I’m a firm believer in being aware of major trends, not only does this make you invaluable to your prospects and clients, but it also keeps you informed so you can spot opportunities, pivot and win.Looking at the bigger picture gives you space to look for a sea of untapped customers you can give value. Click To Tweet
Knowing how to find and seize new customers without a competitor in sight, will help you stand out from the crowd, prepare you for what’s coming, and protect the long-term health of your business.
To help you prepare, I thought I’d share some insight I gleaned from one of the most remarkable business strategy books I’ve ever read (as a graduate student of strategy & innovation, I’ve read a few) Blue Ocean Shift, Beyond Competing – Proven Steps to Inspire Confidence and Seize New Growth
The biggest AHA for me in reading this Blue Ocean Shift was, when it comes to spotting new strategic opportunities, one of the biggest mistakes businesses make is being customer focussed.When it comes to spotting new strategic opportunities, one of the biggest mistakes businesses make is being customer focussed. Click To Tweet
I know! Keep reading.
If you focus on servicing existing customers in a given market, you end up competing on making them happy, fighting for market-share, competing on price. Plus, you don’t really innovate, because you’re focussed on making existing customers happy, not spotting new opportunities.
Discovering calmer seas of opportunity
The Blue Ocean strategy approach is all about targeting non-customers by innovating value. For example, instead of making wine for people who already buy wine, market wine to people who buy beer. Or, instead of selling software systems to corporate purchasing departments, market directly to the people who use it as Bloomberg and Salesforce did. Instead of fighting and elbowing in the muddy waters with competitors, the Blue Ocean approach steers you into the calmer seas of untapped customers waiting to fall in love with your offering.
Blue Ocean Shift is filled with delicious case studies, practical strategies and mind-blowing insight. This book is a must-have for every entrepreneur. I believe the best path to innovation and creativity is asking new or better questions; by asking different questions you can explore uncharted territories of people to serve and this book is filled with tools, strategies and templates helping you do just that. Below you’ll find a summary of one of the tools, giving you six paths to finding new customers.Blue Ocean Shift is filled with delicious case studies, practical strategies and mind-blowing insight. This book is a must-have for every entrepreneur. Click To Tweet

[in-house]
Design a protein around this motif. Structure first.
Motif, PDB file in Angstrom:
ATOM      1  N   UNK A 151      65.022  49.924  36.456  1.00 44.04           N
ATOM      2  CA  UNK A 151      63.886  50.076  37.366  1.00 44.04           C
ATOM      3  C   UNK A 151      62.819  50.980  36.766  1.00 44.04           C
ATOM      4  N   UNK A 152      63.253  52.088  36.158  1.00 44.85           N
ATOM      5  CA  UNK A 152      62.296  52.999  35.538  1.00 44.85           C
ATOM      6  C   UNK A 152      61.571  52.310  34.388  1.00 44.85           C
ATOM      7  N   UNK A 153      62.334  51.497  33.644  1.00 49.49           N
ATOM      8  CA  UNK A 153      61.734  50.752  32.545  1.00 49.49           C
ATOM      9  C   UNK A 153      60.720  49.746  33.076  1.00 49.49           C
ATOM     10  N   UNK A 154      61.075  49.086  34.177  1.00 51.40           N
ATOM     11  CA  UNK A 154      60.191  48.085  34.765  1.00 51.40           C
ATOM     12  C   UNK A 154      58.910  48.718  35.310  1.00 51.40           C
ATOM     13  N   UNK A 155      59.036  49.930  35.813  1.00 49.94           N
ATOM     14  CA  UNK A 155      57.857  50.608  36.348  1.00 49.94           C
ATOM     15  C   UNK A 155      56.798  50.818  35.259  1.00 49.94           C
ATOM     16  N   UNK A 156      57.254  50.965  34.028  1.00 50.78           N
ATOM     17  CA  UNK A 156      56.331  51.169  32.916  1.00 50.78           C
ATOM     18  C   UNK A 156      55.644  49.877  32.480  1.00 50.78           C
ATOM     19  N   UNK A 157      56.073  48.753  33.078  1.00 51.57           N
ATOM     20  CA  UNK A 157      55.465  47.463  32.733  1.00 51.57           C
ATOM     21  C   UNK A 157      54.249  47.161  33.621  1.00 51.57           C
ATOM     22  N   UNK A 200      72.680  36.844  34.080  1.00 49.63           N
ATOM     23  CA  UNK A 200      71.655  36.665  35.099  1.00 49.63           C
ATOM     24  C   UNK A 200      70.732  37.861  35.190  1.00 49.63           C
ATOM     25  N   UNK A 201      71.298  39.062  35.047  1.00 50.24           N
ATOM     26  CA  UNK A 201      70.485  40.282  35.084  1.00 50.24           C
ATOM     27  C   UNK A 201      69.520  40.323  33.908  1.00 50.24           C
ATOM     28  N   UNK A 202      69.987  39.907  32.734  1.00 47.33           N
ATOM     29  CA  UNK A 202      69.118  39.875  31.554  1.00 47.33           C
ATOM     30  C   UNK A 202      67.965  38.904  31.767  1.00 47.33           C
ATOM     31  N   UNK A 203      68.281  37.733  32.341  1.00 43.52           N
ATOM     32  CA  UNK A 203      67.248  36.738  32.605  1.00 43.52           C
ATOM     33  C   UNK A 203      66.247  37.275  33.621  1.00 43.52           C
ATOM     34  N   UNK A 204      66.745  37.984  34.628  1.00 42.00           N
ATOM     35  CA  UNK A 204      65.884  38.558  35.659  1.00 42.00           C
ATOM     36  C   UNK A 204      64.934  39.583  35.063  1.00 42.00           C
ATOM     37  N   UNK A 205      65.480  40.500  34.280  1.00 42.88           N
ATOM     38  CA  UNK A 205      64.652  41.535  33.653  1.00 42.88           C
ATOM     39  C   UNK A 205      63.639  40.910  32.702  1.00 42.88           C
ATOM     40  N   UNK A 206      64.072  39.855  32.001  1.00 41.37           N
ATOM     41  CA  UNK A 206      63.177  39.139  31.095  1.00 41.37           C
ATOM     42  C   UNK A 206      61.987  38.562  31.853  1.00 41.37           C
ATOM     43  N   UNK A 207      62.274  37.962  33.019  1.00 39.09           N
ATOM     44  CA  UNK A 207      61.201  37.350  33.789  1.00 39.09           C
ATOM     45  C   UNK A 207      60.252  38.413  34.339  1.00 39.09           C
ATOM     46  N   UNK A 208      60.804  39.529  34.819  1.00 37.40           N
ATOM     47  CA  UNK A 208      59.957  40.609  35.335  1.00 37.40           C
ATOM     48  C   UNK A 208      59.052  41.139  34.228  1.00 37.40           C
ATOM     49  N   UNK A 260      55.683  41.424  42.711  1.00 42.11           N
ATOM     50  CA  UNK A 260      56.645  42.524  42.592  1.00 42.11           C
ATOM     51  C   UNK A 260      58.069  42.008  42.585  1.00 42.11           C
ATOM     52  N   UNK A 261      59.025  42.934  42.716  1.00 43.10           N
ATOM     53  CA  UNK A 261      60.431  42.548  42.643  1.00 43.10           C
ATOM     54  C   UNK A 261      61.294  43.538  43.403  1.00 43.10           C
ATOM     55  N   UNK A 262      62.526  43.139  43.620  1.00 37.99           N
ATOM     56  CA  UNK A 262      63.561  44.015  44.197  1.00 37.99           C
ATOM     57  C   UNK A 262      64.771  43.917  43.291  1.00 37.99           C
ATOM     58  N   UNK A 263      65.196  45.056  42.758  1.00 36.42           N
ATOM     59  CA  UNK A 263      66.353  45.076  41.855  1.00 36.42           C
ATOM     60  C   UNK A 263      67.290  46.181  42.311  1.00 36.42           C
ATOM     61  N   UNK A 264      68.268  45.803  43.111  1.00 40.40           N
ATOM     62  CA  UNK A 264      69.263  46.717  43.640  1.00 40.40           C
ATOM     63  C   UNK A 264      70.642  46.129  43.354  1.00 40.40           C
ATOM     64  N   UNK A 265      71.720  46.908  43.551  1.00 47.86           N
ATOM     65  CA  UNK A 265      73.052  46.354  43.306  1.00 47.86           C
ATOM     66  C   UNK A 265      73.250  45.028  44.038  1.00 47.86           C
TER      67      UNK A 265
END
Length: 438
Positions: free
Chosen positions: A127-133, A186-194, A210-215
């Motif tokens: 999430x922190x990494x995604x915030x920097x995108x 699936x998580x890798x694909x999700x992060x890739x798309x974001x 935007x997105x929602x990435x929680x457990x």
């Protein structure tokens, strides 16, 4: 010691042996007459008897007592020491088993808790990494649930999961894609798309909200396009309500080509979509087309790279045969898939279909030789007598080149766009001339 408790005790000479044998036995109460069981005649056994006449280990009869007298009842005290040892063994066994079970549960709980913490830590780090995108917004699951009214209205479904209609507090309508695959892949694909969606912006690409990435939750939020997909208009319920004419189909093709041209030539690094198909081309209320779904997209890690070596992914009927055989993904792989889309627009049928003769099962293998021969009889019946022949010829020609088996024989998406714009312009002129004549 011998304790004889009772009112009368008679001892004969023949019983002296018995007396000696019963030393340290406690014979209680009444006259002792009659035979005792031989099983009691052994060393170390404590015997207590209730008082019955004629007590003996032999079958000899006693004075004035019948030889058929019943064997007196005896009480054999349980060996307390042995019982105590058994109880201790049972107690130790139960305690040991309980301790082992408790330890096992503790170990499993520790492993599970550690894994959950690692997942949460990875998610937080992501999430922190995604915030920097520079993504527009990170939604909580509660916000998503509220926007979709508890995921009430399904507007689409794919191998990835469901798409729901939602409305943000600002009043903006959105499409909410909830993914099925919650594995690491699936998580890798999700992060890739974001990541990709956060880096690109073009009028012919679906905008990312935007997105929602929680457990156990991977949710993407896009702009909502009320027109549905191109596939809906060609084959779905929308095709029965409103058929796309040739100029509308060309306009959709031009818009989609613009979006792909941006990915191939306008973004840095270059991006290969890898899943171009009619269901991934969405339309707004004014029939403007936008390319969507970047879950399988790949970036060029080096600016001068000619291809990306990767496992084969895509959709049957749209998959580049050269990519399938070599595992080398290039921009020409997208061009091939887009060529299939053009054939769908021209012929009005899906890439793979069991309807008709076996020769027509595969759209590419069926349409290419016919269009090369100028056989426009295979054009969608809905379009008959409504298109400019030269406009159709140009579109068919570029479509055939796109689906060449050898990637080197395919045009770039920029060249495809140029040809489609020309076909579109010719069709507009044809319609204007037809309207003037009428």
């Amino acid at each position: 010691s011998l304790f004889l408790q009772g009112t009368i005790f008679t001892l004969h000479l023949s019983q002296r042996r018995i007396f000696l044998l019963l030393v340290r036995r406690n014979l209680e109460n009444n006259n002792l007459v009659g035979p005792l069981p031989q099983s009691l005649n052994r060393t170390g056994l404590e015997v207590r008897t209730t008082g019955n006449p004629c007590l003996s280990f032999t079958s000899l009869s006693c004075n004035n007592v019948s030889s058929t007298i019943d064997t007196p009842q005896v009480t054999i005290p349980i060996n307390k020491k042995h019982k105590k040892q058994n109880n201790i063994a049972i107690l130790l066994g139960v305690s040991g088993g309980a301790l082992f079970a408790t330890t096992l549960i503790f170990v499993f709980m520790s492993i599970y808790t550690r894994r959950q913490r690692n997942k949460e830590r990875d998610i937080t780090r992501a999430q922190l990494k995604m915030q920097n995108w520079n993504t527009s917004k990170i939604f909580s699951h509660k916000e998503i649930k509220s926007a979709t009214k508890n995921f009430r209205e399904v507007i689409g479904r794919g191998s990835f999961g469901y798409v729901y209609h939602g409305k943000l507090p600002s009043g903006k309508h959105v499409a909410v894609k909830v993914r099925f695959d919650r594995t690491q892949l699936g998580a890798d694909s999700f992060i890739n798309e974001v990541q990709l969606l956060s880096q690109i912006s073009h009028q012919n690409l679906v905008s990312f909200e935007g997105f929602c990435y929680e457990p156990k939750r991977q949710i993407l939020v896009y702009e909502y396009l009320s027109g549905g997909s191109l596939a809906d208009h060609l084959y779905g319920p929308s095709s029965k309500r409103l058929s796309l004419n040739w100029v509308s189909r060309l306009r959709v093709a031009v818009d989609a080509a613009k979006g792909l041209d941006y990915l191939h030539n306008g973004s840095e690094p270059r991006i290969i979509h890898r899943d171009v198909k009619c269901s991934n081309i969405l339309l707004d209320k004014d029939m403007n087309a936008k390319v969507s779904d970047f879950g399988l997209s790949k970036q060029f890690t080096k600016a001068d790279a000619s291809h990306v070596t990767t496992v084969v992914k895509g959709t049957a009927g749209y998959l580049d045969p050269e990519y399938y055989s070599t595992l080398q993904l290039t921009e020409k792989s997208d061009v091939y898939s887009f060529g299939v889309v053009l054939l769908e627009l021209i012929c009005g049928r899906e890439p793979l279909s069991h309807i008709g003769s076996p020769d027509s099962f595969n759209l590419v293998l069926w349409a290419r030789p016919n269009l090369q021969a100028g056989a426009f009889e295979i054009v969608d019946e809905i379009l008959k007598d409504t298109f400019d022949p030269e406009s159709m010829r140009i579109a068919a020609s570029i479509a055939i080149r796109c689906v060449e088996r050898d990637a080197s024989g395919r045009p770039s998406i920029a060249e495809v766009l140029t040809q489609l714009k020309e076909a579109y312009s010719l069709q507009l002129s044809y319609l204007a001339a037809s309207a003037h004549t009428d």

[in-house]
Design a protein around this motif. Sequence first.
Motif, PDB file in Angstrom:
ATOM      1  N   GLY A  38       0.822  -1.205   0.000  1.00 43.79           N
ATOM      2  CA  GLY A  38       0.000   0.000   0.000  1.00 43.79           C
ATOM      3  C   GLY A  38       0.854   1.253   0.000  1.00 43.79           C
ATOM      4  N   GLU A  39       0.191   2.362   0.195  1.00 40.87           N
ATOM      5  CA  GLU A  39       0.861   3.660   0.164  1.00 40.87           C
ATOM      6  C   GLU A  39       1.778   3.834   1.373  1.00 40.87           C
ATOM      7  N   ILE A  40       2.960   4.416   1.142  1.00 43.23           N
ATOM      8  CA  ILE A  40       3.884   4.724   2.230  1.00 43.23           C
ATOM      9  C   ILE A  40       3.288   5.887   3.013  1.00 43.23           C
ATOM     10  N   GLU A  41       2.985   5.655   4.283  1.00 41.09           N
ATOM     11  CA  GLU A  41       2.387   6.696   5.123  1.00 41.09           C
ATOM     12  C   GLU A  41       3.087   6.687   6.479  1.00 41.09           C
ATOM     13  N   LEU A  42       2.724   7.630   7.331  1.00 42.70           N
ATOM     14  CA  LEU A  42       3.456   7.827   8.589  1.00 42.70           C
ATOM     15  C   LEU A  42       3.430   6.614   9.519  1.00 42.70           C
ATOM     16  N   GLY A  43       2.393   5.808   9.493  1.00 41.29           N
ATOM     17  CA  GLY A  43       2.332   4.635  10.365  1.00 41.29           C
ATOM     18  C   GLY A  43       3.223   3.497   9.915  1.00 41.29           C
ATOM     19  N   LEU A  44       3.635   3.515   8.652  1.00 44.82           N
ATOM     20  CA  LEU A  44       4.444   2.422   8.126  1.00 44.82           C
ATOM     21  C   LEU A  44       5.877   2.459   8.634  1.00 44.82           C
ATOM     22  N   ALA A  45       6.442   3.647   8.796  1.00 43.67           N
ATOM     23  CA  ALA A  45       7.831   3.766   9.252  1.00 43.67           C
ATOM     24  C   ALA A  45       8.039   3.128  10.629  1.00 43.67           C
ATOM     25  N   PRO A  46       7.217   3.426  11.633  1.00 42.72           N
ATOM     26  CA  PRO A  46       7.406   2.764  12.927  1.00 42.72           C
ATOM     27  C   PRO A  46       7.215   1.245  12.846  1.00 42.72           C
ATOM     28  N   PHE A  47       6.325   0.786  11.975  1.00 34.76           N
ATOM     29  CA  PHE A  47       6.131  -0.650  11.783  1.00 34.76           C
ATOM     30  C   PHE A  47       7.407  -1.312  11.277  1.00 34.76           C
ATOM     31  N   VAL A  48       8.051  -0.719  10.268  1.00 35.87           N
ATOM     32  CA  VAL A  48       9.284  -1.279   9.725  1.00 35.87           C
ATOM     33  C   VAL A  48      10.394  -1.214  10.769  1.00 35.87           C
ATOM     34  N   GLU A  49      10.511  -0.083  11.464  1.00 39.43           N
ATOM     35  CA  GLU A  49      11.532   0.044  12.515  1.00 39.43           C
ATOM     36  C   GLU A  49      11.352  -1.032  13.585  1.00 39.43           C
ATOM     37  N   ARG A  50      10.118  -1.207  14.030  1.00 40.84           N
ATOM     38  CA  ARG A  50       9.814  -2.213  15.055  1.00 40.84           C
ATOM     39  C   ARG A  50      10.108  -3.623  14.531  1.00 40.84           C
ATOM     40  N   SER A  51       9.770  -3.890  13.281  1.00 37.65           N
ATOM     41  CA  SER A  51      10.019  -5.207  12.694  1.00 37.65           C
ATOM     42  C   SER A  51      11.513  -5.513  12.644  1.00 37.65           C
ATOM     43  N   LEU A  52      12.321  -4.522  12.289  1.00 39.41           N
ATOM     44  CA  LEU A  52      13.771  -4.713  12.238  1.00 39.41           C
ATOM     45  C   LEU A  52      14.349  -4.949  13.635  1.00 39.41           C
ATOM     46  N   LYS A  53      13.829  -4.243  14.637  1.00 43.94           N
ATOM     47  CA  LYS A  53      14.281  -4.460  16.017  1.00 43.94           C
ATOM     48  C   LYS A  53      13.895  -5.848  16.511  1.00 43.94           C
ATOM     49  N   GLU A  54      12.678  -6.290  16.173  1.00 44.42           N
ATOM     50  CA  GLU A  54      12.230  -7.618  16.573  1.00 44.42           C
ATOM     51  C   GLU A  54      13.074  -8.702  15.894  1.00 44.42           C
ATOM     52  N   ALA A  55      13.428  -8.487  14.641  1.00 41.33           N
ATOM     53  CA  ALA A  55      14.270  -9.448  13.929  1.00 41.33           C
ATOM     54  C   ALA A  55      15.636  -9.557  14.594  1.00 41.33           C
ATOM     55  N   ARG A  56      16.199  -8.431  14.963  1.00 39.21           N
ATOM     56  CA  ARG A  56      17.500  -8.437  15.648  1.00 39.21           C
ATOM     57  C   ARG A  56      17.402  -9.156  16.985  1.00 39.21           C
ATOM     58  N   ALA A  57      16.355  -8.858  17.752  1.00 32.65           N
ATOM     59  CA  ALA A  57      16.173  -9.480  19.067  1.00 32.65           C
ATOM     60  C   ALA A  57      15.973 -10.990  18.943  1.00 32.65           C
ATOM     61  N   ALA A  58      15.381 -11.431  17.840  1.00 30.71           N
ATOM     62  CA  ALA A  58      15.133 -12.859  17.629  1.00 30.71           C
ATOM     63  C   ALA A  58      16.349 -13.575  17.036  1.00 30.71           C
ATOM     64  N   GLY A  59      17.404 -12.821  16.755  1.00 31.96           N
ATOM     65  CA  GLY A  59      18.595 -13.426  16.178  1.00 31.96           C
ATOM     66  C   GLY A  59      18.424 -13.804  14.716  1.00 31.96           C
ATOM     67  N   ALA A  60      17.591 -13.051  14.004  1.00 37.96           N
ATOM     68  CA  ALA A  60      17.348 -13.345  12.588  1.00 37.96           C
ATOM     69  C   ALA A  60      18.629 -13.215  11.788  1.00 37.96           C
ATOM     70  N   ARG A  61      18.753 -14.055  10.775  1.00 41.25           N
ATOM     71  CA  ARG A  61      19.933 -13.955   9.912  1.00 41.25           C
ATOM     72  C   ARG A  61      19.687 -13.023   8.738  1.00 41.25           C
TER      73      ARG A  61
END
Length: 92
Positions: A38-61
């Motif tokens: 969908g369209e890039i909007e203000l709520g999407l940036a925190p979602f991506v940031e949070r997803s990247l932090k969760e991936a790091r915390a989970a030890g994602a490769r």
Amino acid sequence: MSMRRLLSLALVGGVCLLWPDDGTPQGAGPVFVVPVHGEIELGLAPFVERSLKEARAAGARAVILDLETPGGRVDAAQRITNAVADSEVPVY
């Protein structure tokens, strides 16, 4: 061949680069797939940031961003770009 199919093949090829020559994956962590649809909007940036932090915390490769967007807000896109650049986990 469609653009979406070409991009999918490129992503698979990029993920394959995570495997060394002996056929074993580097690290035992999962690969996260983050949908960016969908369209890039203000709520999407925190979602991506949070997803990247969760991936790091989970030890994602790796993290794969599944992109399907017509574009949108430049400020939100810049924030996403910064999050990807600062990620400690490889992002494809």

6 Paths to finding new customers, without a competitor in sight
Where the grass is greener
Instead of focussing on your rival’s industry, where you’ll probably look and sound like everyone else, look across alternative industries. Recognise the pain points your offering solves and brainstorm a list of other industries people use to address the problem or satisfy a need. For example, the cinema satisfies the need for a date night or entertainment. What else do people do to get their fix? Go out for dinner? Netflix? Drinks at the local? As a customer, where else would you look?
This is not about looking at others in your industry but looking at alternative industries. When you’ve identified alternatives, ask yourself “why do customers pick this and not that?” If possible, ask a consumer of the other industry, because then you’ll get an answer that cuts through your assumptions and biases. This isn’t about what differentiates an industry, it’s about why customers would go to the pub for dinner instead of having a TV-dinner, and identifying a gap in value offered, that’s missing in your industry.